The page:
Natalia Rico Hernández, Ed.D., joined Breck as Head of School in July 2017. She has 28 years of teaching and leadership experience in public, international, and independent schools. Prior to her time at Breck, she served as Assistant Head of School at Isidore Newman School in New Orleans, Louisiana. Dr. Hernández earned an M.Ed. in Educational Administration from the University of Texas and an Ed.D. in Leadership, Policy and Organizations from Vanderbilt University. She and her husband, Bobby, have two daughters: Gaby 19 and Andi 16.
Eva Telzer, Ph.D.
Associate Professor of Psychology and Neuroscience, University of North Carolina Chapel Hill Lab
Dr. Telzer's research focuses on the teenage years as a time of both risks and opportunities. She examines how social and cultural processes shape adolescent brain development to promote both prosocial and risk-taking behaviors. She is interested in understanding how traditionally negative behaviors, like risk taking, can be channeled into positive prosocial behaviors, like social activism. Her work utilizes neuroimaging methods and a sociocultural lens, examining how individual differences in culture, personal values, family relationships, and peer contexts shape the developing adolescent brain and impact long-term well being across the lifespan.
Principal, Da Vinci RISE High School
Erin Whalen, born and raised in Los Angeles, California, serves as Da Vinci RISE High’s Principal and is soon to assume his new role as executive director in July, 2021. RISE is an innovative school designed to strategically meet the needs of youth experiencing the foster care system, juvenile justice system and housing instability. With that, Erin and the RISE community seek to provide equity to students who have often been written out of the larger educational narrative through wraparound services, collocation with nonprofit organizations and a flexible instructional model to meet the unique needs of the student body.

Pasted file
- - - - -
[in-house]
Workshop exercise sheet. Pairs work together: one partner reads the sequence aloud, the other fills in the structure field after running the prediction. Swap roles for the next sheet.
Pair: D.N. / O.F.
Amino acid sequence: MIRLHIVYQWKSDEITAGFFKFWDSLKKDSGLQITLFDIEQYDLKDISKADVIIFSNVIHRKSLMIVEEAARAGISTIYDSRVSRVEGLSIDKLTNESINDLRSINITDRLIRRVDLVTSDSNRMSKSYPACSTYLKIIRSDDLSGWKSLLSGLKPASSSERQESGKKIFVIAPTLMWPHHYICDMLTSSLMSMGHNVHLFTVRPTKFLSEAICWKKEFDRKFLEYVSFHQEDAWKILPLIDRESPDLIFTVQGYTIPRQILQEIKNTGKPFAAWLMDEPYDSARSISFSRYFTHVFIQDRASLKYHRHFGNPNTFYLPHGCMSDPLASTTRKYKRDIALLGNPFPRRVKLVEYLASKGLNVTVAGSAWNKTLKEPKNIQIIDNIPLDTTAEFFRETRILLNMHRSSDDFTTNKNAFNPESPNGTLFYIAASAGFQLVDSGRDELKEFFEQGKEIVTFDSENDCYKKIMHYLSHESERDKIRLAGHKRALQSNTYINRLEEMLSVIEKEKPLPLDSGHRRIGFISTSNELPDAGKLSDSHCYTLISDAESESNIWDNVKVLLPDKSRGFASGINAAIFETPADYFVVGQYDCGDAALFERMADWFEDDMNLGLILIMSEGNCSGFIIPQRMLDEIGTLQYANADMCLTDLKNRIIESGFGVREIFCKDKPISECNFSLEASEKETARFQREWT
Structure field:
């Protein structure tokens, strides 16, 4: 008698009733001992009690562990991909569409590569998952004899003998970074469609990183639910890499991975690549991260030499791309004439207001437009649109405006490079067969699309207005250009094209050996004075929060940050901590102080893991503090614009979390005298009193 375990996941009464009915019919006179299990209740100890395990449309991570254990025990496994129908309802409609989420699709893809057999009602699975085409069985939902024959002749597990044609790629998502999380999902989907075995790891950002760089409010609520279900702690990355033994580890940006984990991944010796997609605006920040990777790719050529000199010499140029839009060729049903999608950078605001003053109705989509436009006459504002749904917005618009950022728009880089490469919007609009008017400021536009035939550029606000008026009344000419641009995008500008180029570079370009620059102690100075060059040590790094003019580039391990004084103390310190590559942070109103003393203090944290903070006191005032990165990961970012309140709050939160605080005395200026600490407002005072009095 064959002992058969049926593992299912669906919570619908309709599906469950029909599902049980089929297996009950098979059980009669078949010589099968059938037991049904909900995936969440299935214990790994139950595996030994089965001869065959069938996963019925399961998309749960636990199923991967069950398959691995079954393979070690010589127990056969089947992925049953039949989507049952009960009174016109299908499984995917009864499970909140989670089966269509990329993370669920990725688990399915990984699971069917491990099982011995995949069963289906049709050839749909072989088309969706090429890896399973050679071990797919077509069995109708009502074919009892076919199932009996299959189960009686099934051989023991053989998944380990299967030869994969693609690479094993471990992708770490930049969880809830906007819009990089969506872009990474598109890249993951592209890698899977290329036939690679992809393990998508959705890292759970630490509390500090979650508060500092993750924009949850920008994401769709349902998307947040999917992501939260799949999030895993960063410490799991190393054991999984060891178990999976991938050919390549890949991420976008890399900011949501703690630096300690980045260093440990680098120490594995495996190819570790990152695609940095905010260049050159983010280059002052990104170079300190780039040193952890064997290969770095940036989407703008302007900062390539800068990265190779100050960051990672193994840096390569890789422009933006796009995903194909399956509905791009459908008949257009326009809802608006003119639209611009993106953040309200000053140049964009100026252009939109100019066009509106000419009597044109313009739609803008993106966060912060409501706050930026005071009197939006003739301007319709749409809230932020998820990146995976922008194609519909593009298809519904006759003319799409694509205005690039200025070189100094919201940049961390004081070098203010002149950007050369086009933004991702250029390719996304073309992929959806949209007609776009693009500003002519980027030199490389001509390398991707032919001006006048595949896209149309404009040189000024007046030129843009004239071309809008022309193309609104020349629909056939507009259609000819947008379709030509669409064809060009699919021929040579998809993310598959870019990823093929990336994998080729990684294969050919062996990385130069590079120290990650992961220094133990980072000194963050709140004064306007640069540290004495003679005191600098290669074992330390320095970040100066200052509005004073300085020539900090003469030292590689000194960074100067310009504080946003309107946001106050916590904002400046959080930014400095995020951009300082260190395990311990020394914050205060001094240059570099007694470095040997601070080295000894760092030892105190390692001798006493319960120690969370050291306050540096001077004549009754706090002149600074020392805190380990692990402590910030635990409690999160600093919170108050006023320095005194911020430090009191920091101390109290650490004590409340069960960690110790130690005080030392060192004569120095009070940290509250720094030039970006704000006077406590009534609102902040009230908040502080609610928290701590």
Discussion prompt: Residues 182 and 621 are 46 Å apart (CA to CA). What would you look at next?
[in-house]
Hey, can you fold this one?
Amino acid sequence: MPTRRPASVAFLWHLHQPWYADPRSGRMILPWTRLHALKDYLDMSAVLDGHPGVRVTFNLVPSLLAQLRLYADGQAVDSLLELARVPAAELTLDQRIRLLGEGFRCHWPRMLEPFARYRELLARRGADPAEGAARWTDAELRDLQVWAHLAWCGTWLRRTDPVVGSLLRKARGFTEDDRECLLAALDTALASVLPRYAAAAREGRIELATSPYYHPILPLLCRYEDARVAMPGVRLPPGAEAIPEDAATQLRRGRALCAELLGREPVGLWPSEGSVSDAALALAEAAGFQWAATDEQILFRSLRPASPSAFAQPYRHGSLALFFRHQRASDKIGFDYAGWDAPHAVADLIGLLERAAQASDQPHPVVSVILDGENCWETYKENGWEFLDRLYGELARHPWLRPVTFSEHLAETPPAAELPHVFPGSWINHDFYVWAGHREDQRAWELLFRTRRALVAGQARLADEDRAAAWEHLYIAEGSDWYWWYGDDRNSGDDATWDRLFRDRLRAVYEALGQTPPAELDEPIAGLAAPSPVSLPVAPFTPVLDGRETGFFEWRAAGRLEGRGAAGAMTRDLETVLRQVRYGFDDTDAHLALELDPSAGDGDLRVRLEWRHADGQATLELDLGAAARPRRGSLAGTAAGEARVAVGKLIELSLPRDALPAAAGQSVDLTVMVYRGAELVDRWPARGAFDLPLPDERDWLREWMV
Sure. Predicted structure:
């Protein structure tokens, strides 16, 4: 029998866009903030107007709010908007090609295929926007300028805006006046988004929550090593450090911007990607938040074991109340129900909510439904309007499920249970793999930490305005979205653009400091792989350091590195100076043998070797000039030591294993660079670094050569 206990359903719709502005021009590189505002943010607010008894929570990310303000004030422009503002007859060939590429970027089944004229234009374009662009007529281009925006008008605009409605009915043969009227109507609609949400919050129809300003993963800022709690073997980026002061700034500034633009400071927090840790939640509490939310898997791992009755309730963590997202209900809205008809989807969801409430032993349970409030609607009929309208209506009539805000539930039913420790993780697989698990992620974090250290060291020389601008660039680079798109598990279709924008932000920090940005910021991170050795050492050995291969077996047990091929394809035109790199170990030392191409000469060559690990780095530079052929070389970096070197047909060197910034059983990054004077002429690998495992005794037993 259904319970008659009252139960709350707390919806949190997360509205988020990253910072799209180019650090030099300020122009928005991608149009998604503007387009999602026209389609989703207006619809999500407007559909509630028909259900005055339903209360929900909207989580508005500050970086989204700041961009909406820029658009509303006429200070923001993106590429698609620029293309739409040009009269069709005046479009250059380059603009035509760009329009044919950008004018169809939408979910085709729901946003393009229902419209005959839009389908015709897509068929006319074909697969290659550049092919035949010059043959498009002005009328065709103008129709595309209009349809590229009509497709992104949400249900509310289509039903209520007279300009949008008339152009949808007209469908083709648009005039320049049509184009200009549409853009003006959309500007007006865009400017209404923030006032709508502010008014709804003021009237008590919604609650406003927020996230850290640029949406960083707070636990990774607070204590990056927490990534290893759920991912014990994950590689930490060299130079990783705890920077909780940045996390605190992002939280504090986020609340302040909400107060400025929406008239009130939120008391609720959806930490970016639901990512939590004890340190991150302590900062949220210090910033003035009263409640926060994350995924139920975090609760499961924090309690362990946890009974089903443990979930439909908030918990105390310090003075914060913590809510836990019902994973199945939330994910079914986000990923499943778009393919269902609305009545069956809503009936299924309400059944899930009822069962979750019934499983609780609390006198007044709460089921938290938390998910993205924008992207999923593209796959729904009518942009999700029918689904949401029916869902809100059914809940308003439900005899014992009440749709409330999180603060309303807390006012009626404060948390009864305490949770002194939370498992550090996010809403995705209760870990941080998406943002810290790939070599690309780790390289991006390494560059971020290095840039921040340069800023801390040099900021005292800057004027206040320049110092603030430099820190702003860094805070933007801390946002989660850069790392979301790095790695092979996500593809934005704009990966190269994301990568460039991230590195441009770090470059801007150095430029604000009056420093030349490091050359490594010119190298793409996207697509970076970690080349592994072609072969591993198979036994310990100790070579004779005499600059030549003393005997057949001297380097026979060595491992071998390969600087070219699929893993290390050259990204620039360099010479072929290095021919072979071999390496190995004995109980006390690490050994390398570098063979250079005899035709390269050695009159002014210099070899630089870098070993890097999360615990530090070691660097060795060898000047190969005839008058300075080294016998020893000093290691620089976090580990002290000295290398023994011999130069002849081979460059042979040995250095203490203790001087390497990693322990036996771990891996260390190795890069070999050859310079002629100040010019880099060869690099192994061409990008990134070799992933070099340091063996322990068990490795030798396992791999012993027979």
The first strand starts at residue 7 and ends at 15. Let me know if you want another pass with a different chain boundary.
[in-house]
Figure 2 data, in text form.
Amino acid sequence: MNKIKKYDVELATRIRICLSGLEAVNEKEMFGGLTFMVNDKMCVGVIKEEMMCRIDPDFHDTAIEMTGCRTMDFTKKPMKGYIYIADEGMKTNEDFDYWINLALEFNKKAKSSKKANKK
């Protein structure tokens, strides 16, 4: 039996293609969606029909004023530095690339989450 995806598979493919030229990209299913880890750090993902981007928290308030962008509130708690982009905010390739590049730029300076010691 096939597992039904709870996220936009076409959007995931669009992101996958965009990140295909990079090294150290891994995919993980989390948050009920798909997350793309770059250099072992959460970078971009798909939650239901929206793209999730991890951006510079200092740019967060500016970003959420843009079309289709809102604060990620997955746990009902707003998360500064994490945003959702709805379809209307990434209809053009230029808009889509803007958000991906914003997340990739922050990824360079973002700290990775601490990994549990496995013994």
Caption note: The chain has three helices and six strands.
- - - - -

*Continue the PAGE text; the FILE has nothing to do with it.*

Mary Helen Immordino-Yang, Ed.D.
Professor of Education, Psychology and Neuroscience, USC
Director, USC Center for Affective Neuroscience, Development, Learning and Education (CANDLE)
Mary Helen Immordino-Yang, EdD is a Professor of Education, Psychology and Neuroscience at the University of Southern California and Director of the USC Center for Affective Neuroscience, Development, Learning and Education (CANDLE). She studies the psychological and neurobiological development of emotion and self-awareness, and connections to social, cognitive and moral development in educational settings. She uses cross-cultural, interdisciplinary studies of narratives and feelings to uncover experience-dependent neural mechanisms contributing to identity, intrinsic motivation, deep learning, and generative, creative and abstract thought. Her work has a special focus on adolescents from low-SES communities, and she involves youths from these communities as junior scientists in her work. Immordino-Yang earned her doctorate in Human Development and Psychology at Harvard University in 2005, and completed postdoctoral training with Antonio Damasio at USC in 2008. Prior to graduate school, she taught science in an urban public junior high school south of Boston.